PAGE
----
Ivanna Escala

IMG_8362Ivanna Escala is originally from the “boonies of New Jersey”, but is now enjoying the good life in Southern California. She joined the Cool Star Lab in the summer of 2014 as a volunteer research student, and quickly demonstrated her programming acumen by developing one of the primary functions in the SPLAT code. She used the SpeX Prism Library to determine the physical properties of a set of unusually magnetically active brown dwarfs, improving on the index method developed by Adam Burgasser in 2006; this work was recently submitted to the Astrophysical Journal. She has also participated in several physics outreach events at UCSD, including the Space Day and Play Day Galaxy Gardens at Balboa Park and the San Diego Science & Engineering Festival. In her free time, she enjoys vegan cooking and baking, reading, and spending time in the nature. Ivanna is now a graduate student in the Astronomy Department at Caltech.

Carl Melis

Carl Melis is a research scientist affiliated with the Cool Star Lab.  Here’s his story as told by Christine Nicholls:

A California native, Carl Melis completed his undergraduate study at UCSD and his PhD in Astronomy at UCLA. After holding NSF and CASS postdoctoral fellowships at UCSD, Carl became an independent research scientist in 2013.  Carl’s research covers the birth, life, death, and re-birth of planetary systems. Carl is particularly interested in terrestrial planet systems, and studies these via their dusty disks around both young and old stars. His observational work covers a broad wavelength range from infrared to radio.

Carl is passionate about public science literacy and astronomy education, and is keenly involved in both. In his spare time, he loves hiking, and is a founding member of the California Peaks Club. He is also known for his terrible skills at finding cheap flights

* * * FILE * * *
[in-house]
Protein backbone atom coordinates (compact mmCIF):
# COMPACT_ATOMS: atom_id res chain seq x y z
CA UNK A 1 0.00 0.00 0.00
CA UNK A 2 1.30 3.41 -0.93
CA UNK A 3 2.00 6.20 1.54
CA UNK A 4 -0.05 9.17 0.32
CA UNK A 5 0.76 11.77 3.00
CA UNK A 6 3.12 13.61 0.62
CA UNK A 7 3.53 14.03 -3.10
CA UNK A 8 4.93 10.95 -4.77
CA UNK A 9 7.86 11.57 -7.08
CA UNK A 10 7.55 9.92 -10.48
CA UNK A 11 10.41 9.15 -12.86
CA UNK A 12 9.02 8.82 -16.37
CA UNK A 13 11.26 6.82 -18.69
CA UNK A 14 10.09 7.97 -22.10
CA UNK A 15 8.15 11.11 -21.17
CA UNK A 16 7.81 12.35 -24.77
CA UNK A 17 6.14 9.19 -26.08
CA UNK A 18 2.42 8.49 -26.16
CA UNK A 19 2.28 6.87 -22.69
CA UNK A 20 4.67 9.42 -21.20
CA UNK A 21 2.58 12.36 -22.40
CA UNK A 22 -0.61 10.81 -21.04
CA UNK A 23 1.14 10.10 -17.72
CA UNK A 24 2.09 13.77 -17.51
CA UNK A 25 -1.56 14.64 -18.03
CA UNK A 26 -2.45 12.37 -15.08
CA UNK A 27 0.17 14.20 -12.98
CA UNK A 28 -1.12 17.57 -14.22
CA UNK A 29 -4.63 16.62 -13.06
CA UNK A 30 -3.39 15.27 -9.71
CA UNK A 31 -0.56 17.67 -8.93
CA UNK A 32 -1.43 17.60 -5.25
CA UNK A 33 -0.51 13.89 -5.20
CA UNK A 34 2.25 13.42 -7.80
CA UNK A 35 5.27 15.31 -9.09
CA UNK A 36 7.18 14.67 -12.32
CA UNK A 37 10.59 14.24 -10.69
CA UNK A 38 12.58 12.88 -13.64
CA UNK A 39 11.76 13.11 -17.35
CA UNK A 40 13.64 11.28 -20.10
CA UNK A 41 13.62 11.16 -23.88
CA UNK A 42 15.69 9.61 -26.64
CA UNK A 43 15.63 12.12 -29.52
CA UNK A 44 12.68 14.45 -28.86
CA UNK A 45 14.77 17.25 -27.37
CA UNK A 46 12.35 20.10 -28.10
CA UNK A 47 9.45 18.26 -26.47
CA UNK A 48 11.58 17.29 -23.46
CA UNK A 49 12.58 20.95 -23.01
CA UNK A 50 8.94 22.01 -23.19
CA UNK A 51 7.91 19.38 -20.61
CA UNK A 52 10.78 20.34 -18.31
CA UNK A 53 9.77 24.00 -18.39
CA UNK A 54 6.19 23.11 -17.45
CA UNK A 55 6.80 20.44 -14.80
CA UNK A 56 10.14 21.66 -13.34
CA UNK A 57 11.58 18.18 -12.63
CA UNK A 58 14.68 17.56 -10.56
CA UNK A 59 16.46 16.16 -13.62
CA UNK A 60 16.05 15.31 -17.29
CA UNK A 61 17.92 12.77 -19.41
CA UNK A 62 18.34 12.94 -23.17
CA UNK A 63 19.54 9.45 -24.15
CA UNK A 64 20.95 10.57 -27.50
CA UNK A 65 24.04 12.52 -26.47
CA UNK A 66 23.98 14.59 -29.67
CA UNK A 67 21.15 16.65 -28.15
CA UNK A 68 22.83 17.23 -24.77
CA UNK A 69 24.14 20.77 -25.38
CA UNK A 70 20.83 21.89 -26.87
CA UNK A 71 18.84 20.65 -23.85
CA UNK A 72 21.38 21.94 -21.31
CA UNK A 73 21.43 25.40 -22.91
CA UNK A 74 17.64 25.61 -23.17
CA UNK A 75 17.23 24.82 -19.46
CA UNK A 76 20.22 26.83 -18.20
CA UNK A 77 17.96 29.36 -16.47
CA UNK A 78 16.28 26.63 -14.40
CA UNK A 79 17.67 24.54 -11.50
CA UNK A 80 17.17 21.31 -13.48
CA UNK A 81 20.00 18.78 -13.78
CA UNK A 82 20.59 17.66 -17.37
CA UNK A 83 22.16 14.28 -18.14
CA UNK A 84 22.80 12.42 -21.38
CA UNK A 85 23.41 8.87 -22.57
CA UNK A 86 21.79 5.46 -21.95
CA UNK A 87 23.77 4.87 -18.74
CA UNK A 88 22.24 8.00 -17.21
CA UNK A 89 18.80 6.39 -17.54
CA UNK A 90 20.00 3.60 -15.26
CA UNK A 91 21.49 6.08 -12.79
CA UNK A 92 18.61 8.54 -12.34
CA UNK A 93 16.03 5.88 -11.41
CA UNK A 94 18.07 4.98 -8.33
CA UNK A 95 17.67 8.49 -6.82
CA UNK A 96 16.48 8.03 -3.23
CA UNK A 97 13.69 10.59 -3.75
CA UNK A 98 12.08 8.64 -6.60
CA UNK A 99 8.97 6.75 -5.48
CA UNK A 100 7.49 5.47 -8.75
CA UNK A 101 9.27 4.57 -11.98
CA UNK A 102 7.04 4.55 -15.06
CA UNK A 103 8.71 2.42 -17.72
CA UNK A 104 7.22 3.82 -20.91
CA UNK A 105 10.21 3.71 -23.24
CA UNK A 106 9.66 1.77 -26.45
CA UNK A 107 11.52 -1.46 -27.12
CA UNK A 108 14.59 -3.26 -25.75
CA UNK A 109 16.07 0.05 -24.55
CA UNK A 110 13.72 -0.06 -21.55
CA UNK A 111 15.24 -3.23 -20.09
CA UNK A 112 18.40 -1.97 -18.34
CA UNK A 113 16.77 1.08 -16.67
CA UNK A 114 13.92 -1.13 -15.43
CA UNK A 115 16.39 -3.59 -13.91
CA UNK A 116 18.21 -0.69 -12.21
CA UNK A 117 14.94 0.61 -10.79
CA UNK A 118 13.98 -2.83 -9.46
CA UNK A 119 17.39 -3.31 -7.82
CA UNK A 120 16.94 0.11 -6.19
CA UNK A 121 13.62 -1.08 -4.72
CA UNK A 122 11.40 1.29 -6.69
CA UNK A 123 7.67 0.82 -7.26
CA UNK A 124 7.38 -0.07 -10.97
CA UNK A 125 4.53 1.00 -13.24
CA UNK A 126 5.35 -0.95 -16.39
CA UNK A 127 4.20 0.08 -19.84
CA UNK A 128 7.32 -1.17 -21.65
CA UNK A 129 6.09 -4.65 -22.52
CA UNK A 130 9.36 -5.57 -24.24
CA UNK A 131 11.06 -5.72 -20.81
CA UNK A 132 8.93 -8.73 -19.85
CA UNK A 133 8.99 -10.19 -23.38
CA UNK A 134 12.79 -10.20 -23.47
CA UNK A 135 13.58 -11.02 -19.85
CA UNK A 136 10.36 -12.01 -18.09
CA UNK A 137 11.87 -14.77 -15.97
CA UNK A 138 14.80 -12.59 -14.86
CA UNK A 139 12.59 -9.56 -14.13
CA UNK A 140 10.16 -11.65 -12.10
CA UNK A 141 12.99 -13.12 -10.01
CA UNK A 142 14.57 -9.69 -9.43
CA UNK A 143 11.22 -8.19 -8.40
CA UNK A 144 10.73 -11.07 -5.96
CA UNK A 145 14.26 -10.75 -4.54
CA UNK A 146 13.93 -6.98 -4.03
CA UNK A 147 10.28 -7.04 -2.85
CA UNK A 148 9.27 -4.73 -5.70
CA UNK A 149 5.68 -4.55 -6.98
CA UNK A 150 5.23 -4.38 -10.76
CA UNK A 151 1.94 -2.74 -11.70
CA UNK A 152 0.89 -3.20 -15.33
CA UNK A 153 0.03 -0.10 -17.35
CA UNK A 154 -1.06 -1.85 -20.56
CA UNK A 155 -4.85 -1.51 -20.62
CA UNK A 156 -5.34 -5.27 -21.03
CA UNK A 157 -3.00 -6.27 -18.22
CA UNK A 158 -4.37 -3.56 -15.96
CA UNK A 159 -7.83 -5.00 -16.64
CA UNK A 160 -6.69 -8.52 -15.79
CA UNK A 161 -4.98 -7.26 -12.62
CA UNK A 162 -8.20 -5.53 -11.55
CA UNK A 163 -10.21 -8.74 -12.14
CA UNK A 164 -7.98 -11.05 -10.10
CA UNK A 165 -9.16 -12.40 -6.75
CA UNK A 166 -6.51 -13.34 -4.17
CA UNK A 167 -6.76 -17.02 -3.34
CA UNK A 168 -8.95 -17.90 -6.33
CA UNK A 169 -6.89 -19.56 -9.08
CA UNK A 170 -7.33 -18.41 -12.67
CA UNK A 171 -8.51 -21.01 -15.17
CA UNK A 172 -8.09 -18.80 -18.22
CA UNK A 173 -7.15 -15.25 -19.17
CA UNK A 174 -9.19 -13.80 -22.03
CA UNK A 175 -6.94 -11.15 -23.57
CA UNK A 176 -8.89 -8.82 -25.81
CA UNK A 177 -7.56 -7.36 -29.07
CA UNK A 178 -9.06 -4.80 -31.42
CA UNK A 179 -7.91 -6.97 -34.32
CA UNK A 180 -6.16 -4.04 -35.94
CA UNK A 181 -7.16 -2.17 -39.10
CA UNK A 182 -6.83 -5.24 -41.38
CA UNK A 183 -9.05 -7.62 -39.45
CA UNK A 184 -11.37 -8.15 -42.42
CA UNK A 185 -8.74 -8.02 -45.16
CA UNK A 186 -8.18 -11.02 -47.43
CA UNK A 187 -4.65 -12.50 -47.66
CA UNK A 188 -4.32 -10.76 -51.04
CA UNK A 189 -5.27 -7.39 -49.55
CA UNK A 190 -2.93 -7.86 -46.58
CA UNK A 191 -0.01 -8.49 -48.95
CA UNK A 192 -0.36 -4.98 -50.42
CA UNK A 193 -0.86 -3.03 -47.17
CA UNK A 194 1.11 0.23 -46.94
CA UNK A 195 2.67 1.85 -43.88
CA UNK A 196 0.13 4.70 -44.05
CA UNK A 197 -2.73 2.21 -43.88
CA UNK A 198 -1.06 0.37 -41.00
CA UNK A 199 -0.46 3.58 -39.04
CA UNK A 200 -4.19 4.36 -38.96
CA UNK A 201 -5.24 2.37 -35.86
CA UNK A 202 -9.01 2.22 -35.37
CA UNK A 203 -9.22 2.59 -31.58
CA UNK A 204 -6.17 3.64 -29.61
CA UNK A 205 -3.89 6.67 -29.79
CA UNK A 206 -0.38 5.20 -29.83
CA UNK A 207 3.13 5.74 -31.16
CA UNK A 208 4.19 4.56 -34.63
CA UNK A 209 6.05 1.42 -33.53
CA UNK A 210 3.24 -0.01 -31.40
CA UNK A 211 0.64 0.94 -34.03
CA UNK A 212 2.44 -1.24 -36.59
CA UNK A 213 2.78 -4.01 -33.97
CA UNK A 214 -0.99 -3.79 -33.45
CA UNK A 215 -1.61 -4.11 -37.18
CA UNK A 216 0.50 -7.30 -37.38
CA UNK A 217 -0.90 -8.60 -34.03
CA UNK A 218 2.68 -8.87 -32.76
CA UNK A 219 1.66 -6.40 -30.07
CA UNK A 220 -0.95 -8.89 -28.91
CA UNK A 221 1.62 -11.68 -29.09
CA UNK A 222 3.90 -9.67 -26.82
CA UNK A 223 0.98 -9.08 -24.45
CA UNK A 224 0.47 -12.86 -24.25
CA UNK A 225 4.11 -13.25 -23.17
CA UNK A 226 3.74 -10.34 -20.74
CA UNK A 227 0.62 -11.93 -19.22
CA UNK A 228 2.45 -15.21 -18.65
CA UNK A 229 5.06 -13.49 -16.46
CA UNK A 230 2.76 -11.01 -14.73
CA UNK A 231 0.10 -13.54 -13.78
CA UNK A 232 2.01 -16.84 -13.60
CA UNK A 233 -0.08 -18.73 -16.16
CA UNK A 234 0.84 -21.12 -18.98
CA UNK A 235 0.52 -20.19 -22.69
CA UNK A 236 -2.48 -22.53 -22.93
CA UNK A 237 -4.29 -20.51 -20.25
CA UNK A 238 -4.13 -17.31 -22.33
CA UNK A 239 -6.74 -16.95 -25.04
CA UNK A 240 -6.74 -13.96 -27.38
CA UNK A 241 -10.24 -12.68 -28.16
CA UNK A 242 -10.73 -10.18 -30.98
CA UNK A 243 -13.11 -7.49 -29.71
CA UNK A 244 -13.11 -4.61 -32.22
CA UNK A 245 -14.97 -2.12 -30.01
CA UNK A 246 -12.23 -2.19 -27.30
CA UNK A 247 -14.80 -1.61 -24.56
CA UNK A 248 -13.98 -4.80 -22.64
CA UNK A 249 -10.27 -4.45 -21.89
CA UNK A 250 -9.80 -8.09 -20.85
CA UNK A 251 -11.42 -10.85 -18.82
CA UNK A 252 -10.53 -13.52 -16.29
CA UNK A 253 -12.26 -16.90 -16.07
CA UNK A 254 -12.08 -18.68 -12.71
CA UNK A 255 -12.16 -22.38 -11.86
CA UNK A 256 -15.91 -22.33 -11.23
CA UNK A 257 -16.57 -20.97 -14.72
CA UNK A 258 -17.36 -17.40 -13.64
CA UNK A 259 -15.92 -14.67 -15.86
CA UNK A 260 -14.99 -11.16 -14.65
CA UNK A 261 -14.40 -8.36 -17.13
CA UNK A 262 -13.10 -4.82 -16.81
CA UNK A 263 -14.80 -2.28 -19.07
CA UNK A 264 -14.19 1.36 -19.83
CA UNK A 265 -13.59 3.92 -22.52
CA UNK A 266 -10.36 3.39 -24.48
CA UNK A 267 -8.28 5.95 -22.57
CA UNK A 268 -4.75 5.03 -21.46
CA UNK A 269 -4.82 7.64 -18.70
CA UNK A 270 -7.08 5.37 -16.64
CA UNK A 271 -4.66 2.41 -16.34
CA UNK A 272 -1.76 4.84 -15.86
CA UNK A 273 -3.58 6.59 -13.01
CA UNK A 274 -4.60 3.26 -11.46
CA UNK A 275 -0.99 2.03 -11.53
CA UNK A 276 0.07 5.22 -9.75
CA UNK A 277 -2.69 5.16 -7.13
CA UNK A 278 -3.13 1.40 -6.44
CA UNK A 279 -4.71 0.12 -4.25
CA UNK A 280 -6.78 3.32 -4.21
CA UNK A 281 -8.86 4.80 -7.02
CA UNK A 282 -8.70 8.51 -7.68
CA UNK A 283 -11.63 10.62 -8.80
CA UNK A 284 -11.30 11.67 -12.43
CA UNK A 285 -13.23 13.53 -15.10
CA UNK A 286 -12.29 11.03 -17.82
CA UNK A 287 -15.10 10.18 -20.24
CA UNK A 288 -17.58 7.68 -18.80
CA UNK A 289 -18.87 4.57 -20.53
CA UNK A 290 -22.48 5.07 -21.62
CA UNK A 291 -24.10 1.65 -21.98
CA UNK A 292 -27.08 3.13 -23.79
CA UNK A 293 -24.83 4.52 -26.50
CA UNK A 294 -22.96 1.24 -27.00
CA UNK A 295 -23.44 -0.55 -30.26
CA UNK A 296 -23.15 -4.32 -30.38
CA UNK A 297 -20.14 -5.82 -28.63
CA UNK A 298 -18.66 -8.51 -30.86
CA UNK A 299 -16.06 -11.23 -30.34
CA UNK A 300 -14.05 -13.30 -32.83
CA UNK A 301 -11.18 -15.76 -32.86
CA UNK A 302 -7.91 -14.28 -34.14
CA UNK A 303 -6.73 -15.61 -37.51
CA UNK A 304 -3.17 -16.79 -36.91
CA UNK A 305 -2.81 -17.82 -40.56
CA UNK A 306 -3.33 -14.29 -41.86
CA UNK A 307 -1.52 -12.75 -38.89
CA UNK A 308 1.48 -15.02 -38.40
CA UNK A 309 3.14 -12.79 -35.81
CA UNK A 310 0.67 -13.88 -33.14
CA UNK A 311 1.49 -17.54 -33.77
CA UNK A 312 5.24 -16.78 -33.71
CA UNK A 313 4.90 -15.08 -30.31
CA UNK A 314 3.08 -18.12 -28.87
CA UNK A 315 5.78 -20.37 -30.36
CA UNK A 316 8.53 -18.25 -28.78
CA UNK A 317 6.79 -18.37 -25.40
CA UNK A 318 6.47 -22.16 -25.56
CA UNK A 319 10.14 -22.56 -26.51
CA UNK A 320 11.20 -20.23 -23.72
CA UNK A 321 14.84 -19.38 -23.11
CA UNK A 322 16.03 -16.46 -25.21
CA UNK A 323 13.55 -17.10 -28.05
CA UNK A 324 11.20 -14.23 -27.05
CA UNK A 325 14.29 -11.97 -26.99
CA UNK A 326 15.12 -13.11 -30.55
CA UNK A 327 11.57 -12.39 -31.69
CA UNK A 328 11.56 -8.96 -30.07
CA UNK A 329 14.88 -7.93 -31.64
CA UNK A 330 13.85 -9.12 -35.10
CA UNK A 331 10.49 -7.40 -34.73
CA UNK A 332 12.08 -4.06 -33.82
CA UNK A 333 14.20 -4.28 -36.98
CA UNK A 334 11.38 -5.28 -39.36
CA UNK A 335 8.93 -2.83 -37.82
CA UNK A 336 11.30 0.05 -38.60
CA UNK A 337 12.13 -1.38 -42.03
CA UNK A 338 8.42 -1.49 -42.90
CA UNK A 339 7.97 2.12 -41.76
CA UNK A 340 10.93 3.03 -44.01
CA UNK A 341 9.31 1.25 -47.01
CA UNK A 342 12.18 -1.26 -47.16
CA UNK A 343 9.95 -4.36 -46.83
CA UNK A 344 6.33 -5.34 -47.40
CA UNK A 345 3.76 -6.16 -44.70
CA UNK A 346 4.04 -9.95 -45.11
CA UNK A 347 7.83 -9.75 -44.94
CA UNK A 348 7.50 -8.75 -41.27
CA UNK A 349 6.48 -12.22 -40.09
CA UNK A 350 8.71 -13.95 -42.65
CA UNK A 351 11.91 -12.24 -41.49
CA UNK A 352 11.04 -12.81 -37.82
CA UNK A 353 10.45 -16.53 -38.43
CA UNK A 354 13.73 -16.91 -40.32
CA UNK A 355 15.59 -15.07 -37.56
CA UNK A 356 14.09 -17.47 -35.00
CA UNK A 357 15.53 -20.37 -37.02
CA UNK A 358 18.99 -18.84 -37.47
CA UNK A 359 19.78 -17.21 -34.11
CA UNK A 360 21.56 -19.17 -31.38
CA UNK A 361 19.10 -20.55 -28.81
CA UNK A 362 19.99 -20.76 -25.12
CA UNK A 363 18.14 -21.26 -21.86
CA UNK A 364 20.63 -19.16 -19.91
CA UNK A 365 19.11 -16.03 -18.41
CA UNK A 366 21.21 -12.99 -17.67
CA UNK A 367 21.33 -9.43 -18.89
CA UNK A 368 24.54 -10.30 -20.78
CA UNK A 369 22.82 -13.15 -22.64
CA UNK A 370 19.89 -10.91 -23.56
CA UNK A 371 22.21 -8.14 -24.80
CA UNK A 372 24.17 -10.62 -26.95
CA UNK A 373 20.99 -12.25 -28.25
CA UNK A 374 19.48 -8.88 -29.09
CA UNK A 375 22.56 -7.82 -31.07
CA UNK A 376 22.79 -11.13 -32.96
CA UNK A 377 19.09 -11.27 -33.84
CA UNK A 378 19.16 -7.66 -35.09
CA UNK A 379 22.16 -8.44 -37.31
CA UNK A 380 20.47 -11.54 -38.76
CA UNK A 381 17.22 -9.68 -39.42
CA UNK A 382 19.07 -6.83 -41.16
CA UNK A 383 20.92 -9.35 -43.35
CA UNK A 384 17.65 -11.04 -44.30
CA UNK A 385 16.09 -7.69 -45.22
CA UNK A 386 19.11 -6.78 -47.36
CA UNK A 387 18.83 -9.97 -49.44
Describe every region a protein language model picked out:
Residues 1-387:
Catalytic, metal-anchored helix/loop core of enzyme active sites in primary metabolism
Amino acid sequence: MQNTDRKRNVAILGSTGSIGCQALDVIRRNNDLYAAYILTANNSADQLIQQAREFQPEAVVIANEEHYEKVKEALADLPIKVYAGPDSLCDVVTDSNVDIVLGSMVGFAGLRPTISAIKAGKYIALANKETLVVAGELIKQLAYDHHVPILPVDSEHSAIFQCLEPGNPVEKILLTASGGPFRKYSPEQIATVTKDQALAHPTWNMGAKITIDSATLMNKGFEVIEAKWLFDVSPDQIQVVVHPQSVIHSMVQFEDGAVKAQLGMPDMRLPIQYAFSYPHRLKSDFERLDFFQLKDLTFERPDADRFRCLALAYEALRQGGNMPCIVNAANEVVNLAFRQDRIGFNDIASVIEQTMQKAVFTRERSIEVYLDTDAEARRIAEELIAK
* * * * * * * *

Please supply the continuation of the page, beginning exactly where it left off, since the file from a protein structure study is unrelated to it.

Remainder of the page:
Daniella Bardalez Gagliuffi


Daniella Bardalez Gagliuffi is a graduate student in the Cool Star Lab.  Here’s her bio as told by Melisa Tallis:

Daniella graduated from MIT with a BS in physics in 2011. She will complete her PhD from UCSD in 2016. Daniella’s research focuses on identifying systems of two or more low mass stars by using spectral data. Her work also involves classifying these low mass stars and building spectral models for them as well. Daniella has presented her research at various conferences around the world. Currently she is involved with the CASS Journal Club, and her hobbies include listening to music, cooking, and surfing. As an active advocate of outreach programs, Daniella now aspires to promote science and scientific development in her home country of Peru.

Dianna Cowern


Dianna Cowern is a popular science communicator who has previously served as the outreach coordinator for the Cool Star Lab and the UCSD Physics Department. Born and raised in Hawaii, Dianna earned Bachelor’s degrees in Physics and Computer Science from MIT, and conducted research in dark matter with Prof. Jocelyn Monroe and low-metallicity stars with Prof. Anna Frebel. She interned at General Electric as a Software Engineer designing mobile apps, before diving into to science outreach as an coordinator at UCSD. She is an award-winning science communicator, winning the 2014 Flame Challenge and the inaugural La Jolla Community Foundation award for Beach Physics. She has been featured locally for her outreach work, but is most famous for her extremely popular YouTube channel Physics Girl.